What exactly does the term EDM really mean? Electrical discharge machining has long been the answer for high accuracy, demanding machining applications where conventional metal removal is difficult or impossible. Much like processes such as laser cutting, EDM does not need a mechanical force in the removal process. This is the reason why it is considered non-traditional contrary to, for example, the processing with cutting tools. EDM machines typically fall within the following 3 categories:
The sinker EDM machining process uses an electrically charged electrode that is configured to a specific geometry to burn the geometry of the electrode into a metal component. The sinker EDM process is commonly used in the production of dies and molds.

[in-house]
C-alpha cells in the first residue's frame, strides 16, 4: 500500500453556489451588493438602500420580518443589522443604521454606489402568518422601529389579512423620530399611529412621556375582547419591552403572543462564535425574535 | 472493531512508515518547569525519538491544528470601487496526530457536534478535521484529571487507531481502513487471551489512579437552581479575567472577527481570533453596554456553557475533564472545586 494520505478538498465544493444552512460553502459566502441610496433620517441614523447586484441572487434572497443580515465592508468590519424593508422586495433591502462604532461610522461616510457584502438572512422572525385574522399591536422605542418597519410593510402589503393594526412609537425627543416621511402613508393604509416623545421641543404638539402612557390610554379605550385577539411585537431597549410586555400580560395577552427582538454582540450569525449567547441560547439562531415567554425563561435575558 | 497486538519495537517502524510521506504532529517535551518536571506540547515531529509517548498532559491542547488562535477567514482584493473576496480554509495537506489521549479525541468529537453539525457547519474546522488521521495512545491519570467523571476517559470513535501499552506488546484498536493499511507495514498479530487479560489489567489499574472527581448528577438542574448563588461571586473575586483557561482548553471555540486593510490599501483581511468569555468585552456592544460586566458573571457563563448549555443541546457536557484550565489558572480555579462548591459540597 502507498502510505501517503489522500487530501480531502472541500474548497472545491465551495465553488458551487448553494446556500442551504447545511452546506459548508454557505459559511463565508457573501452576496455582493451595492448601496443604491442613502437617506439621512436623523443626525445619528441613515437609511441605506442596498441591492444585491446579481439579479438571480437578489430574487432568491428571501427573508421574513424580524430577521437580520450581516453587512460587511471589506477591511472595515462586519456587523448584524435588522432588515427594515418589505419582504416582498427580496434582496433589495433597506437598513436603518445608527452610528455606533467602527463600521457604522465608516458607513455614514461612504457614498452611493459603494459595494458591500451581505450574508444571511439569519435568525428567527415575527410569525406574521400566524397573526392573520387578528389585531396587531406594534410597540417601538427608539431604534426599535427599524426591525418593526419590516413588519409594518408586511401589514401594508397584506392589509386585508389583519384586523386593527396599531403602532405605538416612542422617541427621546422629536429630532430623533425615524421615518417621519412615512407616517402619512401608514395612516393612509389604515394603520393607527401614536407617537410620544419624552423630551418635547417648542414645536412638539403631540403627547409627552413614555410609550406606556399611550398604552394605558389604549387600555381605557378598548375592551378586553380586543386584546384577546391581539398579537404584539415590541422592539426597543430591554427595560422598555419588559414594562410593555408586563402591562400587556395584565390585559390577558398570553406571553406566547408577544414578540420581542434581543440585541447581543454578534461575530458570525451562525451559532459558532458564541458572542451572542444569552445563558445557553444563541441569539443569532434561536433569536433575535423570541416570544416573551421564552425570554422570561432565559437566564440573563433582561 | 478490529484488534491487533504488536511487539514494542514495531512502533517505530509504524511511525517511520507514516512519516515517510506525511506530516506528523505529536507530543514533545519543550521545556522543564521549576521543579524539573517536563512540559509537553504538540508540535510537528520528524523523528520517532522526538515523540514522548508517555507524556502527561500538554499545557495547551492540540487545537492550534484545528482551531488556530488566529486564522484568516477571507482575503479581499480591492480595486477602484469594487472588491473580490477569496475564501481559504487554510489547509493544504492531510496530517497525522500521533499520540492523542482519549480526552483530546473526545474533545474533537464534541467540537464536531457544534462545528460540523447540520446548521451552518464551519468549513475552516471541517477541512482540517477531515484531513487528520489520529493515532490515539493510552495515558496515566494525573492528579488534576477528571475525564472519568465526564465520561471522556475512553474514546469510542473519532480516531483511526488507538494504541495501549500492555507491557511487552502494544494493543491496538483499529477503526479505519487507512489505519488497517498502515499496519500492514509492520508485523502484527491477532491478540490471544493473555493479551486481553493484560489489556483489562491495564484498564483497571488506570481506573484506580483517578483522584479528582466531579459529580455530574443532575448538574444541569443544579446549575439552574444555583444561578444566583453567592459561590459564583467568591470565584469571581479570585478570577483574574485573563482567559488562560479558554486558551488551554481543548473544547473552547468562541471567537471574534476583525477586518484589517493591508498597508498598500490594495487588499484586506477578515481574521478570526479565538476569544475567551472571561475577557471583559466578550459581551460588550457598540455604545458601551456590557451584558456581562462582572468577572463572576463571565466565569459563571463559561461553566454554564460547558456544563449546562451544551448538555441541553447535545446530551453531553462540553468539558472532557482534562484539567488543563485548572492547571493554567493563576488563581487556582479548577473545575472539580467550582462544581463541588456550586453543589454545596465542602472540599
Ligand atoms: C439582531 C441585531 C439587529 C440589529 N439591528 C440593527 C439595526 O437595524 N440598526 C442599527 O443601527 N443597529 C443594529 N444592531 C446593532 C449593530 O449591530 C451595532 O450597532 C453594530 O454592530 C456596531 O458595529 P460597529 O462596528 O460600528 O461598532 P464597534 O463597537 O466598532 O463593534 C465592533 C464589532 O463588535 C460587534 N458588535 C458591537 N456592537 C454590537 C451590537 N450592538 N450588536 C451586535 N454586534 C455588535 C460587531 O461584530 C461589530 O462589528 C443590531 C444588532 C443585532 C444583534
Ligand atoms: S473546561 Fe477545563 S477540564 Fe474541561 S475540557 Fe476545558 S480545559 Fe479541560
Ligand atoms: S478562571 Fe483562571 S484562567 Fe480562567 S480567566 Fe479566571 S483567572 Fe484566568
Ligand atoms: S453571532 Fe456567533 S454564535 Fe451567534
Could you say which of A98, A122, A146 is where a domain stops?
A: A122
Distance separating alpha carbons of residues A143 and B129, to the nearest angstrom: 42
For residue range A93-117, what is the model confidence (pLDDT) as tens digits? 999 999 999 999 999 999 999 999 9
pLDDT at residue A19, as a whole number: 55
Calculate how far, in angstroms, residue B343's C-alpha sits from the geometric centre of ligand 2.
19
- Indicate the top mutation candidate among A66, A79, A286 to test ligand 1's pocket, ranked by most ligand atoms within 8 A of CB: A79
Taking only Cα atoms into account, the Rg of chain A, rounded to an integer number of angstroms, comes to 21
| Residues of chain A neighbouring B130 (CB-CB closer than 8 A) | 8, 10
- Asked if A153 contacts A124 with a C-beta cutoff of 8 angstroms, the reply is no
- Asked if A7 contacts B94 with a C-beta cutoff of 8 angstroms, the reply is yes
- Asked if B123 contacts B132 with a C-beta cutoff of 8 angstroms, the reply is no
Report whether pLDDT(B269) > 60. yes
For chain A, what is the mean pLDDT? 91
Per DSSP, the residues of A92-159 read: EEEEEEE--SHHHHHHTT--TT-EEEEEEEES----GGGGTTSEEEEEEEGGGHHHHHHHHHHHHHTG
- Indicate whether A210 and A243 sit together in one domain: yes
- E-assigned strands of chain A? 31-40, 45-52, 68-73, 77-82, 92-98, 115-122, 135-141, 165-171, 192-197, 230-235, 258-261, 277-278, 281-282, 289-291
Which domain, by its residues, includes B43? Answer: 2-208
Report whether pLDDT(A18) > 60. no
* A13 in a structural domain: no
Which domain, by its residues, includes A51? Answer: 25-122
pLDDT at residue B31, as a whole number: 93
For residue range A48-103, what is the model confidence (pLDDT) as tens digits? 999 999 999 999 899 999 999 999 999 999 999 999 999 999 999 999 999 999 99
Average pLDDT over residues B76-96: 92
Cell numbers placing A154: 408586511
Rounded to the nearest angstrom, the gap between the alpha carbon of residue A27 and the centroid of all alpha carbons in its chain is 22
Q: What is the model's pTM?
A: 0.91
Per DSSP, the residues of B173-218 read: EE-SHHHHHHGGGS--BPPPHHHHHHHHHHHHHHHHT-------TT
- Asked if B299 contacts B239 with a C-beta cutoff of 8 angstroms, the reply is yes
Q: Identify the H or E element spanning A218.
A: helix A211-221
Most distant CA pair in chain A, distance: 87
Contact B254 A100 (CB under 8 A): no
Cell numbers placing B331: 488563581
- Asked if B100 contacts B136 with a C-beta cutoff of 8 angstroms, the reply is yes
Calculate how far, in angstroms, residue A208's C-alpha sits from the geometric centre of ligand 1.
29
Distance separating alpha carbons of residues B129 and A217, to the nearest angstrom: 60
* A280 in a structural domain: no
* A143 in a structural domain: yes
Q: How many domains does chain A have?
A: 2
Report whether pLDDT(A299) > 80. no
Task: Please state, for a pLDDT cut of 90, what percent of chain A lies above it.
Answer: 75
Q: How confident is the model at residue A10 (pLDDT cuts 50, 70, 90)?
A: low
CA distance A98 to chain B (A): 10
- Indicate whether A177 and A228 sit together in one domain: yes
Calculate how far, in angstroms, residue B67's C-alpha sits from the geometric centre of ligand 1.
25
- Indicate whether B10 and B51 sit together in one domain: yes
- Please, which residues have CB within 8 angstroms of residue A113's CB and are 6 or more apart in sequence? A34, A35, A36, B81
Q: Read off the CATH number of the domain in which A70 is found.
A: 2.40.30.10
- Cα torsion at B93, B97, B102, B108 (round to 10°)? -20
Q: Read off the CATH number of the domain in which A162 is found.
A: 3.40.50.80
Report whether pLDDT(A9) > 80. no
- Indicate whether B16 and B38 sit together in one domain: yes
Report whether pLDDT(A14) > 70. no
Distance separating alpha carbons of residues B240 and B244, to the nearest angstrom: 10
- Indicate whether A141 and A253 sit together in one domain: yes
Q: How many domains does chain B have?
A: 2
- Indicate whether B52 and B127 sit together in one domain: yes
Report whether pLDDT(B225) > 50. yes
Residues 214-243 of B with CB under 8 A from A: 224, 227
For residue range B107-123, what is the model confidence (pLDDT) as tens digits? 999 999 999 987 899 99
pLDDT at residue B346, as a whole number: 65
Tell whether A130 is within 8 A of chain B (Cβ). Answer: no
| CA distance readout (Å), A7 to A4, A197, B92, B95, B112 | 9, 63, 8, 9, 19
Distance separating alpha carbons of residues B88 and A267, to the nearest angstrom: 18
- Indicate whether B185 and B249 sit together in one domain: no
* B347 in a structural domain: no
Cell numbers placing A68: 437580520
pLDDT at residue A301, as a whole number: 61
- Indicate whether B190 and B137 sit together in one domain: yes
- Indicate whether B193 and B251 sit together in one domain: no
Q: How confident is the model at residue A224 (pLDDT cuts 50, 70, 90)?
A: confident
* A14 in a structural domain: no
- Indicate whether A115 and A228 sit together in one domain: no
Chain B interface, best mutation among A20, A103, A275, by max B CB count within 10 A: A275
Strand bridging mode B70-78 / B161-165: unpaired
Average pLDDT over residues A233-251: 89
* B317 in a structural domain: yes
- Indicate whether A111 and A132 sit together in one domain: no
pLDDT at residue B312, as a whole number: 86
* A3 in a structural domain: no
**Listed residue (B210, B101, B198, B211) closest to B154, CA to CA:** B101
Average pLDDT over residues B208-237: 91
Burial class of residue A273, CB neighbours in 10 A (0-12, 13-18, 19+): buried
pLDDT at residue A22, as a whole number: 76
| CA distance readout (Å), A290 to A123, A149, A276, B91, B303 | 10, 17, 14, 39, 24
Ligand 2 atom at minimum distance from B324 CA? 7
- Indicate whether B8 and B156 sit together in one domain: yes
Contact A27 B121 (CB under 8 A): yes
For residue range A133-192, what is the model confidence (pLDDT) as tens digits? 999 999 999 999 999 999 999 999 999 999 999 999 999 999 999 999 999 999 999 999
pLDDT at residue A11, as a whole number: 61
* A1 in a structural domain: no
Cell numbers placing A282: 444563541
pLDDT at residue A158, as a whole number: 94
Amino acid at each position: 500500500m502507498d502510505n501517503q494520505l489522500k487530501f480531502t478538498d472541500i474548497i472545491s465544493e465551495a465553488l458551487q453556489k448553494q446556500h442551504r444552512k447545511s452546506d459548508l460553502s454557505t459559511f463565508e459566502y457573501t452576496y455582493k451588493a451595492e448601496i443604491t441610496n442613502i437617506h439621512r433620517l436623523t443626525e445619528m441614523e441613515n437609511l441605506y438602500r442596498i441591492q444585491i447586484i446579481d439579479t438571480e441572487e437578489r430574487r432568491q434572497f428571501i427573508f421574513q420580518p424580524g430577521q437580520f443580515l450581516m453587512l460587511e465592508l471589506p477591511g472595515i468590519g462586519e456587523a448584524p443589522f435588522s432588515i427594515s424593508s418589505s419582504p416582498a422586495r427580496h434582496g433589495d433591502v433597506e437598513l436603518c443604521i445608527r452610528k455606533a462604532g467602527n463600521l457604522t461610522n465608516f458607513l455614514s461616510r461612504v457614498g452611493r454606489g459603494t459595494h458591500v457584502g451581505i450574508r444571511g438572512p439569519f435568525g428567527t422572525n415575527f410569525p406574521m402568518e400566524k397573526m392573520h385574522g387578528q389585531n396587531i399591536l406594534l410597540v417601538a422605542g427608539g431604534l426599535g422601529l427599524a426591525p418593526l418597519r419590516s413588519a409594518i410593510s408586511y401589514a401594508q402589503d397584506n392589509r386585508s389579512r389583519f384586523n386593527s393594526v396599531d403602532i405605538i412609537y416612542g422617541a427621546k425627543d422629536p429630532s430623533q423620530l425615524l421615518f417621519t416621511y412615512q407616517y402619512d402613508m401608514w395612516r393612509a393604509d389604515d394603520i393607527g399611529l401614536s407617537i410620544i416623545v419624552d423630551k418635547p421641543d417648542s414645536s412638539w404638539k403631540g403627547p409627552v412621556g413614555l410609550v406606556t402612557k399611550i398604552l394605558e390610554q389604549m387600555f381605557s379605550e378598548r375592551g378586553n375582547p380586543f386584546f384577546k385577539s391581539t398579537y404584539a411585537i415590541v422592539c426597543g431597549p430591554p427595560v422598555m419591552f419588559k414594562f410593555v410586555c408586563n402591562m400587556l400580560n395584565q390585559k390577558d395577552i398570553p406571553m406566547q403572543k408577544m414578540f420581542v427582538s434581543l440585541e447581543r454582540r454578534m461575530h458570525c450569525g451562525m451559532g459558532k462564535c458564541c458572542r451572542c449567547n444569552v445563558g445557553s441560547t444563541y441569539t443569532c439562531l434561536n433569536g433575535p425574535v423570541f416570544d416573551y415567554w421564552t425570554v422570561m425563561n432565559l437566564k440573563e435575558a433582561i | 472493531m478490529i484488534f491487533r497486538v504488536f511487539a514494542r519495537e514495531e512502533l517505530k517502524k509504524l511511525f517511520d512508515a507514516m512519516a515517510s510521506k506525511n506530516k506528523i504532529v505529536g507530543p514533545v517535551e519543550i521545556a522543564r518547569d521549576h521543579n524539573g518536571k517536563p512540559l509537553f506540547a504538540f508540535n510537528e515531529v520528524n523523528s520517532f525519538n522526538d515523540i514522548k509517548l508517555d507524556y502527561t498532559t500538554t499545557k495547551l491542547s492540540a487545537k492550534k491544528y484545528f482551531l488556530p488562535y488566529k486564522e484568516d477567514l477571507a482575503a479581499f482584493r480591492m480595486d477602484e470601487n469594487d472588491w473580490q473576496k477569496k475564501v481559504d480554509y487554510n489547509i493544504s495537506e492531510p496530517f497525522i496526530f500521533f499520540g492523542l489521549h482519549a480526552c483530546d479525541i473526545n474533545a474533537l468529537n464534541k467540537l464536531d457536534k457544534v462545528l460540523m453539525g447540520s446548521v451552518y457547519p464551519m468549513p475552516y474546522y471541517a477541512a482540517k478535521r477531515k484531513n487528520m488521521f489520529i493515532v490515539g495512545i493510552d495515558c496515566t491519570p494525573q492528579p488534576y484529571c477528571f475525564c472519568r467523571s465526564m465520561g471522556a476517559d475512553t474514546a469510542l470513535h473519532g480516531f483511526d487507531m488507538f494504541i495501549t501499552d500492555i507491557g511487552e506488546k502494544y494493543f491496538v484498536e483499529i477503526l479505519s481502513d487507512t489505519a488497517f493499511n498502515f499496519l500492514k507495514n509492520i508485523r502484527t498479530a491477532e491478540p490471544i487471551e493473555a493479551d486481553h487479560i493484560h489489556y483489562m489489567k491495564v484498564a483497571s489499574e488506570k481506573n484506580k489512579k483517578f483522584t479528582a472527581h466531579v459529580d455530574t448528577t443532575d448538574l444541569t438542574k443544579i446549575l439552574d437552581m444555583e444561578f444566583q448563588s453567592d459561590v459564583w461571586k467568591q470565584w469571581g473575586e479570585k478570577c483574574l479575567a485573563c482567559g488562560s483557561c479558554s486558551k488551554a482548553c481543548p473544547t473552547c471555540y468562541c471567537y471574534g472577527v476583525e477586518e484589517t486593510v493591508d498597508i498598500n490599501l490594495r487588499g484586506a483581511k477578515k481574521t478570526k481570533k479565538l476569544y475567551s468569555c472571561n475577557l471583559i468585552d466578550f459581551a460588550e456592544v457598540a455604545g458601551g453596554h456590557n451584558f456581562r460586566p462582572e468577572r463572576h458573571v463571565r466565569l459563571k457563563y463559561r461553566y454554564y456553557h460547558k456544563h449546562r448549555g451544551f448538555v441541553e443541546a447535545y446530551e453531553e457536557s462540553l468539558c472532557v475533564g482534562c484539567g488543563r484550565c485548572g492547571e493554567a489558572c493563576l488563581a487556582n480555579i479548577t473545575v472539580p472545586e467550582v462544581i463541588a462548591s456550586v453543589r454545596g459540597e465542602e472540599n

Wire EDM is commonly used when low residual stresses are desired. Wire EDM has no added residual stress because it has no cutting forces. There is little change in the mechanical properties of a material in wire-cutting EDM due to these low residual stresses.
Hole Drilling EDM
EDM hole drilling works on the same technical principles as Wire EDM. Instead of wire, EDM hole drilling uses an electrically-charged metallic electrode tool that works much like a traditional drill bit for hole machining.